Grace: Welcome again to today's segment 
If there is anything I'm learning in my years 
of blogging is that every blogger
 can be distinguished by what they know how to do best. 
I found Oroma on twitter and I loved her work, 
especially in regards to photography.
 She has my kind of style but in a
 unique way and today she is taking 
over for bloggers on your radar. 
Shining a spotlight on her skills in photography

Hey guys, today Grace has asked me to share with you a few photography tips I live by and my recommended cameras for creative beginners and bloggers. As few of you may well know, I dabbled in photography for a while during university and although I haven’t had the time to really pursue it in the past year, it’s something I still enjoy doing. I don’t know much as I’m still learning but I’m happy to share the little I know below.

"Every photo has a main subject”. click to tweet

Honestly, the common misconception that most people make is that you have to have a big and expensive DSLR camera to get the best photos. That’s a lie. You can start with just your phone camera. Don’t believe me? Have a look through my Instagram feed or my VSCO feed. Most of my photos since I joined Instagram were taken with either an iPhone 6S, 5S or a 4. You also don’t need to have an iPhone lol, in person I am biased about this topic but there is evidence online that even android phones can take pretty good pictures. With the help of a few apps, your mobile photos can look just as good as “professional camera” photos.

My first “real” camera was a Nikon D3100 with the 18-55mm kit lens. This was an entry-level consumer camera and honestly, I took my favourite photos with it! I currently use a Nikon D610 with a Nikkor 50mm f1.8G lens and a Nikkor 35mm f2D lens. I tell people that I only upgraded to a full-frame camera because it was always raining in Swansea and I needed a weather-sealed camera and this is partially true! My D3100 did a great job and it was and is still inexpensive! I can’t say much about mirrorless cameras as I haven’t tried out any but there seem to be a lot of good reviews on the internet. I’m considering getting my hands on one! Learn More: Phone Photography Tips | Taking Sharp Photos With An iPhone.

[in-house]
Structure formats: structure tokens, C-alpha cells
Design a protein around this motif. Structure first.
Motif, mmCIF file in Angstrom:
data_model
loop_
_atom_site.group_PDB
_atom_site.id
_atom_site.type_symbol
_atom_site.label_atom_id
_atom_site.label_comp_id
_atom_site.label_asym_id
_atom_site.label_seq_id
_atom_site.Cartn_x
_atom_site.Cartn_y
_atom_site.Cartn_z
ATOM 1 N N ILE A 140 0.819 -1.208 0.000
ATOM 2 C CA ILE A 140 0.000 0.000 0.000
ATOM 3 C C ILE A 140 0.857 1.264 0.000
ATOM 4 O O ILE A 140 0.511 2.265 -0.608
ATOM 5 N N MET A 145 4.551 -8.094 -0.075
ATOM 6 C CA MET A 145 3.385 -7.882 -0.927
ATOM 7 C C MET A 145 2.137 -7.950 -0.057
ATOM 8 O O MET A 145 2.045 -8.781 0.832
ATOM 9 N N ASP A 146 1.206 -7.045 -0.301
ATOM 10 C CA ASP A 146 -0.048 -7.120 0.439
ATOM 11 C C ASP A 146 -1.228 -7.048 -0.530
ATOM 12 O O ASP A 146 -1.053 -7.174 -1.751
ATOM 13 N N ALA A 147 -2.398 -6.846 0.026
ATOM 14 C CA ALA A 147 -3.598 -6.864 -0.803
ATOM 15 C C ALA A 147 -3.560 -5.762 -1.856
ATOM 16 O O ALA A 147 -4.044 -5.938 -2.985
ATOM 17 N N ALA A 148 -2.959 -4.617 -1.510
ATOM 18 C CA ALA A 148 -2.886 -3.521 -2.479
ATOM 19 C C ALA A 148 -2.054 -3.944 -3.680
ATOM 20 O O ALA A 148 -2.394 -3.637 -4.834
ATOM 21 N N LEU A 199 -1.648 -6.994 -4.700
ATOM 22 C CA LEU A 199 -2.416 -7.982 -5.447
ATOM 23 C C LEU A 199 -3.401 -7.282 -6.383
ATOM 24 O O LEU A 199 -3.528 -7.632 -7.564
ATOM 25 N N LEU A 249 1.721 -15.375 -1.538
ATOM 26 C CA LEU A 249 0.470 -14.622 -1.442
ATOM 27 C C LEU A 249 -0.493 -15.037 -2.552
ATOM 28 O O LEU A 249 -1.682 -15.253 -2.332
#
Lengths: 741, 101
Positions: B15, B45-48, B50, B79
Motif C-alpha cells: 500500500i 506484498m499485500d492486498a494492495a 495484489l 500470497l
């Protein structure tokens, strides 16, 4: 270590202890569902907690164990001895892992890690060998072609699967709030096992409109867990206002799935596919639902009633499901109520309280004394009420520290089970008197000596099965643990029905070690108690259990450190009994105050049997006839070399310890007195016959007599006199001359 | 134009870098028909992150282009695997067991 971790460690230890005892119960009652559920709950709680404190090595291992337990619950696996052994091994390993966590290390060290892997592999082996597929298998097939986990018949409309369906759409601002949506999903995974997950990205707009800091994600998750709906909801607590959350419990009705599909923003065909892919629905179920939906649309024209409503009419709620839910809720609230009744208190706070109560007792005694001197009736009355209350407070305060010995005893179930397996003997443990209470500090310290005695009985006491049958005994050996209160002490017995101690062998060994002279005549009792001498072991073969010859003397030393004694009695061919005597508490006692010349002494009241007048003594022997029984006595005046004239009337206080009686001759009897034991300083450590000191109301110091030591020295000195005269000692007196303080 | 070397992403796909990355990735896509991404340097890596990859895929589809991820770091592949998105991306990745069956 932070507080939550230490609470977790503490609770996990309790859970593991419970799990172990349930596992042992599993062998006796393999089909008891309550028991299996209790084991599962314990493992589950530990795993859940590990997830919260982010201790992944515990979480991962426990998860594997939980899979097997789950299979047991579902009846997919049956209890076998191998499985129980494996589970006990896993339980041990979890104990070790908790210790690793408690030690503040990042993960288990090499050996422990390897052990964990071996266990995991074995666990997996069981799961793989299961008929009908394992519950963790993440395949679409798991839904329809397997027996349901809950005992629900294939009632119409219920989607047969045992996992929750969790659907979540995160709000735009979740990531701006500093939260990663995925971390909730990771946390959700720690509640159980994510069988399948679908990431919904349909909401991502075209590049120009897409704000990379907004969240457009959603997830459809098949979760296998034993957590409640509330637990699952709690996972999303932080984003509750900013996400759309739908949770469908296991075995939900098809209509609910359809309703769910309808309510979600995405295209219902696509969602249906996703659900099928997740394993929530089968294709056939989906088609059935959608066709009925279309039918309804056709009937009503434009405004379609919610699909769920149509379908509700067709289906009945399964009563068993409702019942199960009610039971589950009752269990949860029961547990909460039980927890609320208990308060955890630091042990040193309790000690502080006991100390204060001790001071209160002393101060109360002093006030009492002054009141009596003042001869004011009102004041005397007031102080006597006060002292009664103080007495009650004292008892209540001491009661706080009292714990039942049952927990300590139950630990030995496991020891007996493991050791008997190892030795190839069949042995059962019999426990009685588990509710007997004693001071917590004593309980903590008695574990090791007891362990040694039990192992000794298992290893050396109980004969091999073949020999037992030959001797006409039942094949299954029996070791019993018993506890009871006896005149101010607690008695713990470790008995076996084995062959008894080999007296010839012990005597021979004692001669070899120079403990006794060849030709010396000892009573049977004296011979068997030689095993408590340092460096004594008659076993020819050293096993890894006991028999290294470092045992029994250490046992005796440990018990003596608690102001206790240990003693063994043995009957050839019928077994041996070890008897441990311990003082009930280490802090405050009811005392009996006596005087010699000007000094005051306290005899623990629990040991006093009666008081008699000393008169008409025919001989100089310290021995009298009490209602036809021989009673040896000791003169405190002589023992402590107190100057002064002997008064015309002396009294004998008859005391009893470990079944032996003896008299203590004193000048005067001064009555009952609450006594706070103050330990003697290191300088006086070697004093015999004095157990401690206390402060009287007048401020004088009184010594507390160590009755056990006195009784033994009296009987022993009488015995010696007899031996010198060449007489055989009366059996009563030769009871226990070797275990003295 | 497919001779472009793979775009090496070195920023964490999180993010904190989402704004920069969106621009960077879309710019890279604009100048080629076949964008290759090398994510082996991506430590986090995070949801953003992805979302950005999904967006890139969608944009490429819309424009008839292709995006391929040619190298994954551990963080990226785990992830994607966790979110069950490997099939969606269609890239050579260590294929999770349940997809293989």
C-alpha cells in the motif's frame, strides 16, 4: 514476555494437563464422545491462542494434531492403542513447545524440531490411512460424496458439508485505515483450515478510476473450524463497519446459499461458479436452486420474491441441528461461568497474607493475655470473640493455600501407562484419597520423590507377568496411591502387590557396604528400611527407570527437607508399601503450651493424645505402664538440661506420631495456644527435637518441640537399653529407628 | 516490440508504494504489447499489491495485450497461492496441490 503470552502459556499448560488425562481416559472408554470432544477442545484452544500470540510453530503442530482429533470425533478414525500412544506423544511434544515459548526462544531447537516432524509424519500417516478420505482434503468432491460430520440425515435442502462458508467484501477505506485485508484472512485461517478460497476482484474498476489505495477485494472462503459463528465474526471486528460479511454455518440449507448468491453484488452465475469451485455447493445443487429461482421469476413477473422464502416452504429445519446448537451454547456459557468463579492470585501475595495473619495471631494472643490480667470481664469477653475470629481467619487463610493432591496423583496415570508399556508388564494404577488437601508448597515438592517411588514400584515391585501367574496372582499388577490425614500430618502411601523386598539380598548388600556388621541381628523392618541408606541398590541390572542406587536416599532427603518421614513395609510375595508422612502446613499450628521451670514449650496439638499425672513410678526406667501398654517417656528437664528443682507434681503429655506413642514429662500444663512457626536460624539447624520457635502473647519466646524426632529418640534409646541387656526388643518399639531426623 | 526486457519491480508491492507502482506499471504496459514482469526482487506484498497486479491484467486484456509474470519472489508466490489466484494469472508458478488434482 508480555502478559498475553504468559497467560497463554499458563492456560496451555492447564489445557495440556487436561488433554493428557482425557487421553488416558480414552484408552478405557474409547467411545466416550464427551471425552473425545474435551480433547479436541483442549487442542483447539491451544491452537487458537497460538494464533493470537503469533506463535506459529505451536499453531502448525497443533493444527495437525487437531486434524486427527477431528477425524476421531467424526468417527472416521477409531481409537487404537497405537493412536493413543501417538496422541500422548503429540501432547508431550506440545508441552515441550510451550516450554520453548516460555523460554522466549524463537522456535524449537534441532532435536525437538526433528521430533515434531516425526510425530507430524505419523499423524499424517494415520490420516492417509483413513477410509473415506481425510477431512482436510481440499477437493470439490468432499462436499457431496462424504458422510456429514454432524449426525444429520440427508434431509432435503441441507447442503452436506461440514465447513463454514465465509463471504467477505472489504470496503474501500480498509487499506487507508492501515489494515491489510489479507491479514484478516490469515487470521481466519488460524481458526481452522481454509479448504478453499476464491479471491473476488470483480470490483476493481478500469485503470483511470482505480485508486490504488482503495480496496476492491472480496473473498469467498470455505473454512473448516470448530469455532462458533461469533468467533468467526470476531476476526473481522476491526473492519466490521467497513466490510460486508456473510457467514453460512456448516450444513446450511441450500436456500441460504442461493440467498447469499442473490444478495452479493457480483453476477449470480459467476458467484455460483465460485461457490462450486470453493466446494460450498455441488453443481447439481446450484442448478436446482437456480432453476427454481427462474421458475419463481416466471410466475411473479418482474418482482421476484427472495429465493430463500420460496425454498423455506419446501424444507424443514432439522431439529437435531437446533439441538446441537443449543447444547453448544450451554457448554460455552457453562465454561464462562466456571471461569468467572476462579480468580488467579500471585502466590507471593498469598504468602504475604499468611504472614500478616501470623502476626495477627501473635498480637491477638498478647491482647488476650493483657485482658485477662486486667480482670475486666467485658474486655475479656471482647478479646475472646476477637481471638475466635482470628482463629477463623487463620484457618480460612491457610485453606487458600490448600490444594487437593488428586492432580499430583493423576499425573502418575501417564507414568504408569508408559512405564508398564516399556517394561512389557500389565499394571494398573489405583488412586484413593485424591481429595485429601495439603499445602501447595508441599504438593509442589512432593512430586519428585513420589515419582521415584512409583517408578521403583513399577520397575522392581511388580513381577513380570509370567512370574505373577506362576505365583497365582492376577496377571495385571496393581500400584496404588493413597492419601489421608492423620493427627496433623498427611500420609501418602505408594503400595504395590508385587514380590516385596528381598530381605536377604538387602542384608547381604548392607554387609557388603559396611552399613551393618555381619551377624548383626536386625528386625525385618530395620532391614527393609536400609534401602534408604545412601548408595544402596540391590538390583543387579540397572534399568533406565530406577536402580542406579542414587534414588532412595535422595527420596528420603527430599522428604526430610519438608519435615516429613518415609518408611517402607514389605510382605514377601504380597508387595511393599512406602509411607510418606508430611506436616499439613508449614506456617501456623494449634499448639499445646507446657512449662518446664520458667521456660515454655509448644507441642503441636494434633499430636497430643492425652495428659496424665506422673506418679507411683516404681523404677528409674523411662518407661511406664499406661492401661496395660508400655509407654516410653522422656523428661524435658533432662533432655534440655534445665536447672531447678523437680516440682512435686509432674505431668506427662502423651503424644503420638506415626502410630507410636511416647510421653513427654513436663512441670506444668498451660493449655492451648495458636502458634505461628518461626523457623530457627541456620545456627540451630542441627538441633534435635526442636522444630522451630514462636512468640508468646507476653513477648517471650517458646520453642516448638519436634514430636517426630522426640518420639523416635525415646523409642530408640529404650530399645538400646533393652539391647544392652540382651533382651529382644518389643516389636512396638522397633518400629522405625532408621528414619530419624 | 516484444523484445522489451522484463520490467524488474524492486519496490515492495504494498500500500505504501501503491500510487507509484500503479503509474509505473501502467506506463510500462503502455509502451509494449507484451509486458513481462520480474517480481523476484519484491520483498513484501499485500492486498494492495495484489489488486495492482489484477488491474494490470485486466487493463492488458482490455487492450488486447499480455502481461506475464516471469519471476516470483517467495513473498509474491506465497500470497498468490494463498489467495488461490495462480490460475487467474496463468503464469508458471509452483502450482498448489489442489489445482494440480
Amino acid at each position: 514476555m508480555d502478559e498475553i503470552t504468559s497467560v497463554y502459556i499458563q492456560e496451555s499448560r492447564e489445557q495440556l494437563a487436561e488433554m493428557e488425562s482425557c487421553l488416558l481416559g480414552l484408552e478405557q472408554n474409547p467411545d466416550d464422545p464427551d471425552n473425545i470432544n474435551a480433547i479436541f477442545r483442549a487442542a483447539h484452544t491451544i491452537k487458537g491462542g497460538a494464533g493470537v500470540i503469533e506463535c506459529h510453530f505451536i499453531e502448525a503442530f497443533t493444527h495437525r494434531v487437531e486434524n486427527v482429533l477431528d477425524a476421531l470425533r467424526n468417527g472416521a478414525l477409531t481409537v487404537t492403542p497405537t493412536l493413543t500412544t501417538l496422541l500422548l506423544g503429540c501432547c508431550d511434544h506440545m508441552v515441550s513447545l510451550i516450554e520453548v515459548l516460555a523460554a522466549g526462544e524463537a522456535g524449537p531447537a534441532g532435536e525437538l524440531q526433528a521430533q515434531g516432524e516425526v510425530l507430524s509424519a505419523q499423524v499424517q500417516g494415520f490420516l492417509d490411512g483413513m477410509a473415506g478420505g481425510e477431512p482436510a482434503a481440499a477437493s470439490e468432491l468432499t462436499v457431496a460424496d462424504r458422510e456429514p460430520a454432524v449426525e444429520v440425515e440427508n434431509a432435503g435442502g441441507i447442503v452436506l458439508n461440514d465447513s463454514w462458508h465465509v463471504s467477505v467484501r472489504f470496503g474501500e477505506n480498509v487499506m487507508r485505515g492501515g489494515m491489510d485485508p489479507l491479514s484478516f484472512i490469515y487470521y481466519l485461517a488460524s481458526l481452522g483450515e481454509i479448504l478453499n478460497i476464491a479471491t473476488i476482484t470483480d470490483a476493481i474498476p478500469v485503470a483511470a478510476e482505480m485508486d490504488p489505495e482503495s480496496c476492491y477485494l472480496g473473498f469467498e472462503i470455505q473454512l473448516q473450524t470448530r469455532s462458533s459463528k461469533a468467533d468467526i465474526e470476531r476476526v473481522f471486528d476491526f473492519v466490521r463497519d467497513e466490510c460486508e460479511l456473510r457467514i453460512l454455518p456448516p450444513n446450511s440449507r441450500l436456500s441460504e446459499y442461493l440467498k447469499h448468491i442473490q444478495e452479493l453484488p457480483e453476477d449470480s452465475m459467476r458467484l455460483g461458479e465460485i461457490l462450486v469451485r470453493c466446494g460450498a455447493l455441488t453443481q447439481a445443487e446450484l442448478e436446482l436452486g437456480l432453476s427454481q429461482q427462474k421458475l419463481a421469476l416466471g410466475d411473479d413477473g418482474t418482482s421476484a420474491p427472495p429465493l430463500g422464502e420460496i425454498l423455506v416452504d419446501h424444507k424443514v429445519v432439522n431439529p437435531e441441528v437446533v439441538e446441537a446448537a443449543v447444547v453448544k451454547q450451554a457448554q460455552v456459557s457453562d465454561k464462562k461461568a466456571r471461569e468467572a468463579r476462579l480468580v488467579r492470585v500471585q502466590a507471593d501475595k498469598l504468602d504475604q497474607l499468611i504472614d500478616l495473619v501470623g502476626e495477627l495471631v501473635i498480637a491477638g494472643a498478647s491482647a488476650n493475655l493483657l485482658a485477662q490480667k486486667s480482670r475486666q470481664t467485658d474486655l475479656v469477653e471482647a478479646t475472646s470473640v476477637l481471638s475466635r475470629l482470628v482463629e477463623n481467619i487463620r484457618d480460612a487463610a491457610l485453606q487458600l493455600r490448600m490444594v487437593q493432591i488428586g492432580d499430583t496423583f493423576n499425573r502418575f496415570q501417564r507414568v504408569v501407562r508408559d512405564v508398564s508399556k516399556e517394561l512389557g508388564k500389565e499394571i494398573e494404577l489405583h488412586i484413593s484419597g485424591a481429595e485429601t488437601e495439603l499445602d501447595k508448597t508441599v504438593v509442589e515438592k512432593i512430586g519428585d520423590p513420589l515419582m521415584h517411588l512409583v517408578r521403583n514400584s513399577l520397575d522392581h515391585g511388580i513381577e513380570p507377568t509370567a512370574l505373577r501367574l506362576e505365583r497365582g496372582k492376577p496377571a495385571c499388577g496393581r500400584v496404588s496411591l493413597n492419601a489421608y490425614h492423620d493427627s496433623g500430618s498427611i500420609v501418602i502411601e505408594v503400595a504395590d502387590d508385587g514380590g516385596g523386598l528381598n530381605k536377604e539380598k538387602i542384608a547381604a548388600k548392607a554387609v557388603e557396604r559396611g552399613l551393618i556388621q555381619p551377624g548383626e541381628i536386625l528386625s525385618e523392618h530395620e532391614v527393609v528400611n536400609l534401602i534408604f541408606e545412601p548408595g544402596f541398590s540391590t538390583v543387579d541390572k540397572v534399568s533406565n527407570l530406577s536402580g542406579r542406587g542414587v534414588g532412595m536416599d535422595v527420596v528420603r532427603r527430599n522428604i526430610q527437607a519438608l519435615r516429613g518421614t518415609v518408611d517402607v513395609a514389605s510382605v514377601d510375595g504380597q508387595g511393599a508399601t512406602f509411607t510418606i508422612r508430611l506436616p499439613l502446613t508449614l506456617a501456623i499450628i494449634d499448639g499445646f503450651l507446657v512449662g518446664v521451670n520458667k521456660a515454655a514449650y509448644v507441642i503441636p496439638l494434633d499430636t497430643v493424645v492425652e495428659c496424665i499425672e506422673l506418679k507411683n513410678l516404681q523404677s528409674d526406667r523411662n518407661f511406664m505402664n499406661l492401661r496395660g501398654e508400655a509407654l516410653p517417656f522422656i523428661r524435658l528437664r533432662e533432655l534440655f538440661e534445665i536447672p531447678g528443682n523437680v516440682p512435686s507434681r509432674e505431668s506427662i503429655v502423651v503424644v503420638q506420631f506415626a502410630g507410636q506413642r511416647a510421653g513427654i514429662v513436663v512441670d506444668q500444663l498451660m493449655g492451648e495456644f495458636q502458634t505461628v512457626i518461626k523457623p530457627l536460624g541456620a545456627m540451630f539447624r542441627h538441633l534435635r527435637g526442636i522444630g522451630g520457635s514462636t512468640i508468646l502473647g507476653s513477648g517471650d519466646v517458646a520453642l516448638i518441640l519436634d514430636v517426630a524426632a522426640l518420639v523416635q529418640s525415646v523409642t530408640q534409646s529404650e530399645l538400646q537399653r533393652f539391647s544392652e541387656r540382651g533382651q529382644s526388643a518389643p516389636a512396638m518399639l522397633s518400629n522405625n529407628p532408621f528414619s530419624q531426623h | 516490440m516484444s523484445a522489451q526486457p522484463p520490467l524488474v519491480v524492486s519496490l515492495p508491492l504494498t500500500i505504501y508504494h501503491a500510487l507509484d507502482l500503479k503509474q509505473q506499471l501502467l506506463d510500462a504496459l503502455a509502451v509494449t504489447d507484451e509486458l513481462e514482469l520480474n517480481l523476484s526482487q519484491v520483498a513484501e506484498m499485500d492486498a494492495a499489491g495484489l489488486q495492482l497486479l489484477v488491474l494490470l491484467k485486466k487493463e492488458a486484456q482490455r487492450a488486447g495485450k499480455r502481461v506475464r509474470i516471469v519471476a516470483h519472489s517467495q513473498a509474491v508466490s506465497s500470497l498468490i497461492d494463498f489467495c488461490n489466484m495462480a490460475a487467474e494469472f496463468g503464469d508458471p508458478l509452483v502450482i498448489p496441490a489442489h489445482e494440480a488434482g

Every photo has a “main subject”. When photographing items or people, you need to arrange the elements in the photograph in such a way that it draws attention to your subject. Try to minimize distractions in the background and make sure the background complements your subject. The rule of thirds is a great start when learning about composition. Try taking photos in different angles and with different perspectives till you get it right. I always try to get the composition right in-camera by stopping, thinking and re-positioning myself or my subject before I click the shutter release button! Learn more: Photo Composition | The Rule of Thirds